While the original law was passed in 2000, Section 66A of the IT Act was amended by United Progressive Alliance II in 2008. Kapil Sibal was the architect behind the Act. The amendment led to a situation where there is not enough procedural and legal safeguards as are present in other parts of the world. The 2008 amendment was in fact passed without any discussion in the Lok Sabha and that is a cause for concern. Even a PIL has been launched seeking to declare Section 66A as unconstitutional and contradictory to the principles of freedom of speech guaranteed by the Constitution.

Petitioner A Marx, a human rights activist, sought to forebear government officials from implementing Section 66A and to suspend its operation, contending that the provision was 'ambiguous' and 'unconstitutional.'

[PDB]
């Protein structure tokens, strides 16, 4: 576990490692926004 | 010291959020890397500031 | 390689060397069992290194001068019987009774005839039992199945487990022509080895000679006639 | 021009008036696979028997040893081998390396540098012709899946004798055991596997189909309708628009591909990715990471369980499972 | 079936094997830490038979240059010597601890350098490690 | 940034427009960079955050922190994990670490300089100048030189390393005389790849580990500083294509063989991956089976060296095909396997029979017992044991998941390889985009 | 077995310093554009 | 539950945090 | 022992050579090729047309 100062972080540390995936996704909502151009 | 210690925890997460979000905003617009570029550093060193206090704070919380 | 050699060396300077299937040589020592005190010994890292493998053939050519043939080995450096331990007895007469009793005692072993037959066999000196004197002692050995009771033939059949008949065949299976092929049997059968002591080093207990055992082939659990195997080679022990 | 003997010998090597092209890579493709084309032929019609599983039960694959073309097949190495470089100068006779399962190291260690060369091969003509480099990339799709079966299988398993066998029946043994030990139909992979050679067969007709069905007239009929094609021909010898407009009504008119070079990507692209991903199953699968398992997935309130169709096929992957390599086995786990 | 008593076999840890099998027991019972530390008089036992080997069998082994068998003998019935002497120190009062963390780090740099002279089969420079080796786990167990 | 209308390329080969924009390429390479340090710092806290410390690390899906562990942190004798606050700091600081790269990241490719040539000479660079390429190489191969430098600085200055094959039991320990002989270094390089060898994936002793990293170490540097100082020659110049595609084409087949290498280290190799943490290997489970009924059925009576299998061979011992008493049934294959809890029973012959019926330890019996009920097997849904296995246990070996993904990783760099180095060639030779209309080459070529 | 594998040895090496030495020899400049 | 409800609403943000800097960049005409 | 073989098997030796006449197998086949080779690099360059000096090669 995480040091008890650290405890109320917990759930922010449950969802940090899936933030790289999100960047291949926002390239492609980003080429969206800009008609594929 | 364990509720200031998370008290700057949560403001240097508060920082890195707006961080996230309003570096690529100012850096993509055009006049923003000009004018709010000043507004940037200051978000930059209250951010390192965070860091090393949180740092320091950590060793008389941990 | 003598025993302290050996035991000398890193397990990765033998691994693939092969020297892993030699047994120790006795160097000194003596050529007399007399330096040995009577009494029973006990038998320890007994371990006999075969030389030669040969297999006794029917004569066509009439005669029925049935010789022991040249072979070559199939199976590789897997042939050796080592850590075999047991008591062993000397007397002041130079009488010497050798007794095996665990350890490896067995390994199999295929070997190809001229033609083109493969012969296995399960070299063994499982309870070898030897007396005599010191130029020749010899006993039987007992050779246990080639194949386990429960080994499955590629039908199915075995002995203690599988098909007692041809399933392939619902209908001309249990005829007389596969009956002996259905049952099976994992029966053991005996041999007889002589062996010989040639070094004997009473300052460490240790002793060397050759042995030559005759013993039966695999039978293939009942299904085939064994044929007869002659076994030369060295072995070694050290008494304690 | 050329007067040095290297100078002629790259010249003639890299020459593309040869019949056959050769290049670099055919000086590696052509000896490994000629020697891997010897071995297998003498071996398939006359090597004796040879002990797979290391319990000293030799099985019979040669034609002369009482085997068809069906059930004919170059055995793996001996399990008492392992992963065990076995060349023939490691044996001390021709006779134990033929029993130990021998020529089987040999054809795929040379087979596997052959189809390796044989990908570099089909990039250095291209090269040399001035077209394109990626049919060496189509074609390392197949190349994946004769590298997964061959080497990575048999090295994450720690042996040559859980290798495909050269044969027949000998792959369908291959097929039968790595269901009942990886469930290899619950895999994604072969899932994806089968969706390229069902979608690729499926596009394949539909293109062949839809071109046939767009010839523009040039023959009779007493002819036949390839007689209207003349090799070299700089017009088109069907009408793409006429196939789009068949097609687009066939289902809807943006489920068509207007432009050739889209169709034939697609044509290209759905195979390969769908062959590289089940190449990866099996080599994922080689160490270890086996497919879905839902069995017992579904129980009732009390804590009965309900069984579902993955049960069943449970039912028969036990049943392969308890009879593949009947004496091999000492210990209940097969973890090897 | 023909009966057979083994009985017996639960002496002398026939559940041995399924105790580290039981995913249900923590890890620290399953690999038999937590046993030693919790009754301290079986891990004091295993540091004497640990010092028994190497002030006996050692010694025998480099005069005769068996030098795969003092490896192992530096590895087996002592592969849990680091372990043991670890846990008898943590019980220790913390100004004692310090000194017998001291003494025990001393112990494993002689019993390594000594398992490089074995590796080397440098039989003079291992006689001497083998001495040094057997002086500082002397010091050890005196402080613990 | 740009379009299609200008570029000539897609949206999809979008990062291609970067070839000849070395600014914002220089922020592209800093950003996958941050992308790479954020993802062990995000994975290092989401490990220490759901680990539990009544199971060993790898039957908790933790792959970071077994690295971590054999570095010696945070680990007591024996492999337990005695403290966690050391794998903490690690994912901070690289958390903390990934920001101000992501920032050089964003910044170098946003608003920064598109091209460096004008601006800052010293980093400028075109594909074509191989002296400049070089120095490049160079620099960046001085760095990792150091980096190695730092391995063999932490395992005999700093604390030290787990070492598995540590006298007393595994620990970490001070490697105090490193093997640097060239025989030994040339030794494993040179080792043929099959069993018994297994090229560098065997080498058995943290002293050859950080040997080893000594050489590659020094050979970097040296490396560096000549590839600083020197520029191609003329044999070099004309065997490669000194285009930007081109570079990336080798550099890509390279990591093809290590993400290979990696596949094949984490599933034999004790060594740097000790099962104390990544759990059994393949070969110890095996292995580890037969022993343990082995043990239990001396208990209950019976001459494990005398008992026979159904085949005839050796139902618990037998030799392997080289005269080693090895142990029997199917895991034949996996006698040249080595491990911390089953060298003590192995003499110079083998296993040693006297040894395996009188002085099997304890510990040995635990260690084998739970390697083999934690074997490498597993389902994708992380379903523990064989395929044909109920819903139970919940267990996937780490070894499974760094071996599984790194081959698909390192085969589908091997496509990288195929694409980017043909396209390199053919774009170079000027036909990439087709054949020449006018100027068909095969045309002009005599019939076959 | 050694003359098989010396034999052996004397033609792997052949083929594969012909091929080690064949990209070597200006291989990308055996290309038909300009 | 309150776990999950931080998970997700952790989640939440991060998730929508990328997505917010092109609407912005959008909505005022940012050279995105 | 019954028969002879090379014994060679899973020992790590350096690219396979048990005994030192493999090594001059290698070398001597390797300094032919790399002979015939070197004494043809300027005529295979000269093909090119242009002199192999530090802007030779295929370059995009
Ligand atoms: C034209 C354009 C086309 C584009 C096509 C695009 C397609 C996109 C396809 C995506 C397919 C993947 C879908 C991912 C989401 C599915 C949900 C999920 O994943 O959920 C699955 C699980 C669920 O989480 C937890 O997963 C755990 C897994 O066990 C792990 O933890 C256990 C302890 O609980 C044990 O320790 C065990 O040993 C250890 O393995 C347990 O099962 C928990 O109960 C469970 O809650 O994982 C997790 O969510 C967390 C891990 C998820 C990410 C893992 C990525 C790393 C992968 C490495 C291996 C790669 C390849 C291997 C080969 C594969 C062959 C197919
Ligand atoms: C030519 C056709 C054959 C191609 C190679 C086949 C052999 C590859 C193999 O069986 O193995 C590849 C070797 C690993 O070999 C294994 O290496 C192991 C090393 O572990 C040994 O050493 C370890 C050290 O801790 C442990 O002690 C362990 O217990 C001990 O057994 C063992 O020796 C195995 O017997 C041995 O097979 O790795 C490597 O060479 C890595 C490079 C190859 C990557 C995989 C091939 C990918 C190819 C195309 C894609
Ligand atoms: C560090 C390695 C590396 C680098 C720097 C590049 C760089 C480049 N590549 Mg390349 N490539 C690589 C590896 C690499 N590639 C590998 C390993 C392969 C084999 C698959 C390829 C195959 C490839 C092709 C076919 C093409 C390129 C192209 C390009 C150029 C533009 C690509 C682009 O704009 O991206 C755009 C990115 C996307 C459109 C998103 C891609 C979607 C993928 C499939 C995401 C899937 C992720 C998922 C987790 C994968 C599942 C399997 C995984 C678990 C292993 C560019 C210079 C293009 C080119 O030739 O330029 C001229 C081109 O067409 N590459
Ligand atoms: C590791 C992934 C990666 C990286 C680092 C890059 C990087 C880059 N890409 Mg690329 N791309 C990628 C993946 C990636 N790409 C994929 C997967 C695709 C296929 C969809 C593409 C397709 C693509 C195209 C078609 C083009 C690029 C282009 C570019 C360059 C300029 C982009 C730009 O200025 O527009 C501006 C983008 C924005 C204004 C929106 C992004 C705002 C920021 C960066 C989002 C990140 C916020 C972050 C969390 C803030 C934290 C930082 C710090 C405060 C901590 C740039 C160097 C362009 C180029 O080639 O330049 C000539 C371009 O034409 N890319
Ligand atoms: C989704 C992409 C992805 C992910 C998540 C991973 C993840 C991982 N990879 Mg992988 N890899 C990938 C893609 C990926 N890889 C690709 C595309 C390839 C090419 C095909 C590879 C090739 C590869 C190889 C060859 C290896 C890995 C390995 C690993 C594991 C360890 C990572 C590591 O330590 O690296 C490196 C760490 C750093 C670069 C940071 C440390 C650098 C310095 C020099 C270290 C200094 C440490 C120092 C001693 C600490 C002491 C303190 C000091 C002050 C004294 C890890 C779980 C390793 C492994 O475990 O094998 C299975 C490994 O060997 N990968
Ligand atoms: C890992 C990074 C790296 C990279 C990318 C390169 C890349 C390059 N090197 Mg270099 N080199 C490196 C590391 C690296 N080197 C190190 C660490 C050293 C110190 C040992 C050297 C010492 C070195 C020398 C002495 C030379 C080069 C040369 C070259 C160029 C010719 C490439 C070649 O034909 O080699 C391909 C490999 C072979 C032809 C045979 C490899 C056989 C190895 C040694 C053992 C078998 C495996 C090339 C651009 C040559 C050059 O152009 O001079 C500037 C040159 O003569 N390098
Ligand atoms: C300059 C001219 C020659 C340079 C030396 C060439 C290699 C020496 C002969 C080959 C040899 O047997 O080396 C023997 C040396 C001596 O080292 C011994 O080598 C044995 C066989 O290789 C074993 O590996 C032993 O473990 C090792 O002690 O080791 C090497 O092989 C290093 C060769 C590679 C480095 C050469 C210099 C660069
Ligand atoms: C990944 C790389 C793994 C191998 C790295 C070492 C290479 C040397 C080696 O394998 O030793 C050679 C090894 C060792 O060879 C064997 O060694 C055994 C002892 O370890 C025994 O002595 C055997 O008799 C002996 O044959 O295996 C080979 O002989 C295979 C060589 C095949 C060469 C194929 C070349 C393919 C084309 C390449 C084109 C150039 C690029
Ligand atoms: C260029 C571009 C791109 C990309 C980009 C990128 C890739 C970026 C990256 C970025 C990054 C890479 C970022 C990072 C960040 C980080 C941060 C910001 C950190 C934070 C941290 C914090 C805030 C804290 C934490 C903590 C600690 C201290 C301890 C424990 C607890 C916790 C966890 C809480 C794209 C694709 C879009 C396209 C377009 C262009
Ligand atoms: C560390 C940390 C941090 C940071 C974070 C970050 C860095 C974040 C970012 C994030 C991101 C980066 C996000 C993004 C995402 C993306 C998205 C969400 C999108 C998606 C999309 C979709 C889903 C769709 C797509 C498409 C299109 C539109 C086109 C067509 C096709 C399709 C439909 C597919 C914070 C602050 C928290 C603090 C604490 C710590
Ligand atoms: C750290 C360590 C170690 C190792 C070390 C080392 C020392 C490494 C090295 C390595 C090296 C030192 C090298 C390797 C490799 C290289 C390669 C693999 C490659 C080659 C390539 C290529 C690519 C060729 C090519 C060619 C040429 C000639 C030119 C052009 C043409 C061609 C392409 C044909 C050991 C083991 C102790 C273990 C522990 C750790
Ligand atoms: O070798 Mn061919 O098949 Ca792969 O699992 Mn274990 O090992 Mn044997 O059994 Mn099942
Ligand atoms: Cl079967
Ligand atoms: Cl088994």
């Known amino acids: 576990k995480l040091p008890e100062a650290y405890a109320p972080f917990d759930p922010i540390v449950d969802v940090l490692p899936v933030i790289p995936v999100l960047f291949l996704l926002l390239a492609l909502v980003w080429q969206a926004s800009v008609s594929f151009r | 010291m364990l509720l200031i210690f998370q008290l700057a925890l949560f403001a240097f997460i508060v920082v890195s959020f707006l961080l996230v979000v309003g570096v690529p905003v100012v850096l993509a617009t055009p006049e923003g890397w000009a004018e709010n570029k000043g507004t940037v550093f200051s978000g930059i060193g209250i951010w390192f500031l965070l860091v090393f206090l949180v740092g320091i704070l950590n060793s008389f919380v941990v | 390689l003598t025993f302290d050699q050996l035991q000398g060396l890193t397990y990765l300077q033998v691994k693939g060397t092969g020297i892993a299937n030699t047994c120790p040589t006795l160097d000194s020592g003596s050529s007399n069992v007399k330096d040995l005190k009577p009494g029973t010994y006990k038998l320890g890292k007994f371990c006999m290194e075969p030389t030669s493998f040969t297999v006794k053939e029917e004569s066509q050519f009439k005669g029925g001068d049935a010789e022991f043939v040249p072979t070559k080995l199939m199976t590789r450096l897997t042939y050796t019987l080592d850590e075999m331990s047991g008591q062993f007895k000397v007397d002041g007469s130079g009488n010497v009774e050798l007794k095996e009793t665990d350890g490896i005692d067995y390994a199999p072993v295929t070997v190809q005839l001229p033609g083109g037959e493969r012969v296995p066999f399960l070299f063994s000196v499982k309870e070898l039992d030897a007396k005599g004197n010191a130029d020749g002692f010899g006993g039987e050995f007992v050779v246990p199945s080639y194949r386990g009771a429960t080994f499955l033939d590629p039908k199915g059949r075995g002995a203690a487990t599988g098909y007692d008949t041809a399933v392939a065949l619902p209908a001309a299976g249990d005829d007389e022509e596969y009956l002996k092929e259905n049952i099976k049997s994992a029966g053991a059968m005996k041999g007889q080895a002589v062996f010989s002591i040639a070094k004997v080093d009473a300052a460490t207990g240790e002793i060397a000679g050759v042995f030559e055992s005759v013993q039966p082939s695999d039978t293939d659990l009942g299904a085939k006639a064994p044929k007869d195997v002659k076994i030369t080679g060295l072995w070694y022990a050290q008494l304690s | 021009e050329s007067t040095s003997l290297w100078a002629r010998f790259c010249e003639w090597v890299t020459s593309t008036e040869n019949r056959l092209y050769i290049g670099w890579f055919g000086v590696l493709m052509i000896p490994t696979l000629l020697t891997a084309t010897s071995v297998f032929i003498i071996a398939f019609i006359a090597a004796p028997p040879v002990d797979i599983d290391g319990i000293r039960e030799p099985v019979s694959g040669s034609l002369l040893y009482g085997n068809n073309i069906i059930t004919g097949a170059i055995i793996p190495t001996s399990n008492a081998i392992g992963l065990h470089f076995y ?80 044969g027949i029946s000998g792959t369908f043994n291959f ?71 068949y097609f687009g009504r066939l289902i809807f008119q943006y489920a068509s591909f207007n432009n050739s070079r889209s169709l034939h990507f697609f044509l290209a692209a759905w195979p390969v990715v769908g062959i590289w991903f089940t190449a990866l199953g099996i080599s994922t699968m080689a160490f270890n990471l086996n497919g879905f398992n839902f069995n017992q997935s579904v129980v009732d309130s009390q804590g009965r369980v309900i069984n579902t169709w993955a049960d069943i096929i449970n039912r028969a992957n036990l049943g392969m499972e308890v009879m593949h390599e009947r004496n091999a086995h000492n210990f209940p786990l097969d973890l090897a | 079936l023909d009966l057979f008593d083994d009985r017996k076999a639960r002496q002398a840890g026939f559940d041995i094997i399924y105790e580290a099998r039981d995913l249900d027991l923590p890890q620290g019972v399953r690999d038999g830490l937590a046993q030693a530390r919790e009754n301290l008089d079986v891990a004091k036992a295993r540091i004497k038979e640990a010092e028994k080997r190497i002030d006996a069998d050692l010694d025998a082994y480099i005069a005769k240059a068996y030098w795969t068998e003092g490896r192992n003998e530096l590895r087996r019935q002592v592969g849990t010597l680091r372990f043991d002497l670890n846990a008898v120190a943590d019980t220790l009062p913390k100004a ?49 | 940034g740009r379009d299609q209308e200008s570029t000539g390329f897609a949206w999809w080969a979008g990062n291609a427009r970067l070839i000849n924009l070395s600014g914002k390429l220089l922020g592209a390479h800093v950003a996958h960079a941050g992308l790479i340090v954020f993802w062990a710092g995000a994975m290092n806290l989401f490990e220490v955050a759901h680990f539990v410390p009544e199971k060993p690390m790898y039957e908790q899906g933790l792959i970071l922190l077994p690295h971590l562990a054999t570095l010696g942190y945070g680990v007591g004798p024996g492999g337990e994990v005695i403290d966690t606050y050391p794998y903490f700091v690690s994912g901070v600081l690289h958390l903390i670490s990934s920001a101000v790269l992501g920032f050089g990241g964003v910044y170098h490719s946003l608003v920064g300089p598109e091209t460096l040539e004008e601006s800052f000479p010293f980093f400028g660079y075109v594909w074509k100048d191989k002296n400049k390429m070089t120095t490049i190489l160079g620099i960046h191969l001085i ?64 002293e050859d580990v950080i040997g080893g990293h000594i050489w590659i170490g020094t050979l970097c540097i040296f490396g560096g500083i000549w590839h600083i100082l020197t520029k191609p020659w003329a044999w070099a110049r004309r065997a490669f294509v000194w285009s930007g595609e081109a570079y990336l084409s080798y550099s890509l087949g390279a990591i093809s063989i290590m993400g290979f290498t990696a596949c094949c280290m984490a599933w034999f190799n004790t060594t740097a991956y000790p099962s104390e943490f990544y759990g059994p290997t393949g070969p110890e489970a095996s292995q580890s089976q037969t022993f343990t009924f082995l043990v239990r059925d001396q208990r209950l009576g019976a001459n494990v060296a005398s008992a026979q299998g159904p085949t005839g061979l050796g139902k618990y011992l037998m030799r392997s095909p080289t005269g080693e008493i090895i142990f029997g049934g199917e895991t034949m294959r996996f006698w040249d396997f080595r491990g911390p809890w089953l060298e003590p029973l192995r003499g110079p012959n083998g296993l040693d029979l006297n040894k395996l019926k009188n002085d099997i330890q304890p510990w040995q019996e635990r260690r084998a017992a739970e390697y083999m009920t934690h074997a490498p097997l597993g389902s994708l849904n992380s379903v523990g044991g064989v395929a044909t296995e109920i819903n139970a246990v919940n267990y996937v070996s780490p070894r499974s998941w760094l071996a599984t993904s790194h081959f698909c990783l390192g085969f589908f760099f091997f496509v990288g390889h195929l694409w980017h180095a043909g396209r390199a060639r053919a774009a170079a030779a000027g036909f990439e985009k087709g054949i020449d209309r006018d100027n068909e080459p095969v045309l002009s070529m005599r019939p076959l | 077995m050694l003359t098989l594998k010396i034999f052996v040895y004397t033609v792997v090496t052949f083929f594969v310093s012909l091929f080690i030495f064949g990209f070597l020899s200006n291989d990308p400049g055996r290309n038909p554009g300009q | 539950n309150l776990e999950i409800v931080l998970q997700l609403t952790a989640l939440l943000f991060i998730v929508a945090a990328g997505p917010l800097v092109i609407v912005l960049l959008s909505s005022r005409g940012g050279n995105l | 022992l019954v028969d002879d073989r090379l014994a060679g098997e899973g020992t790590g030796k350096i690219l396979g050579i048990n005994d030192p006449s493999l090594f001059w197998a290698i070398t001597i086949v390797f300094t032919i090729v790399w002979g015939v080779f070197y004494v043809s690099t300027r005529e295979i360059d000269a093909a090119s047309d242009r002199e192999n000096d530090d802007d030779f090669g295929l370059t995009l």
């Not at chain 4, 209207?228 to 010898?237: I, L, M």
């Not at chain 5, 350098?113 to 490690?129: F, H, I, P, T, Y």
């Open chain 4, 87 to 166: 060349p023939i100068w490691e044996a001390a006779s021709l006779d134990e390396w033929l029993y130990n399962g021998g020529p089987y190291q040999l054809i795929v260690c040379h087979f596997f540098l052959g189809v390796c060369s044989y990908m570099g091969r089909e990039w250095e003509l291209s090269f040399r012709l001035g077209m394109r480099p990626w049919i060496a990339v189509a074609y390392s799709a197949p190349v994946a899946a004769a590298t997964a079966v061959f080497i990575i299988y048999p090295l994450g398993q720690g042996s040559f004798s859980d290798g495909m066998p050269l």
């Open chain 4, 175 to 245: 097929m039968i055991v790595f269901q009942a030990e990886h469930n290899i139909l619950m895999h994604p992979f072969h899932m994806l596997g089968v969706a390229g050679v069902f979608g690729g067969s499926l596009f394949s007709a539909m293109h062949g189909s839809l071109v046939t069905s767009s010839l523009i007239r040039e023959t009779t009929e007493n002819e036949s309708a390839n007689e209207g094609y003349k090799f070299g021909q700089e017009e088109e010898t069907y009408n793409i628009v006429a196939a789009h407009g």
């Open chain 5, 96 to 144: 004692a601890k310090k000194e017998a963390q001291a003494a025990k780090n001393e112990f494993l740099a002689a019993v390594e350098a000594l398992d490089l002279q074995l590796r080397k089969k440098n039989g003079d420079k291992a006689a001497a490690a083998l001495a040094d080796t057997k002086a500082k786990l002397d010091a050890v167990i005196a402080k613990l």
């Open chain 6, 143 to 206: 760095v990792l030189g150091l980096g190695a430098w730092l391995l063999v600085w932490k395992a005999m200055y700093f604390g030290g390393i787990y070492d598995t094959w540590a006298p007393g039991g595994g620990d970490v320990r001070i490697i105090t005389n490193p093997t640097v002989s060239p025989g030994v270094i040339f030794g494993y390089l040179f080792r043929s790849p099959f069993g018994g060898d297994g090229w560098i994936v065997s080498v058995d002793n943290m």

The Act treats dissent as a cognisable offence, as if you've committed murder, and implicates arrest, and forces one to apply for bail.

There have already been at least three cases of misuse of this section, before even Kapil Sibal's colleague's son put it to use.

Earlier this year, West Bengal chief minister Mamata Banerjee used this Act against a hapless Jadavpur University professor, Ambikesh Mohapatra, for his act of emailing to his friends a satrical cartoon criticising the CM.

Cartoonist and anti-corruption activist Aseem Trivedi was also arrested this year and held for a few days under "sedition" charges, insulting the national emblem of the country and violation of Section 66A. Trivedi's "crime" was that he started a cartoon campaign highlighting his views on the extent of corruption in the government.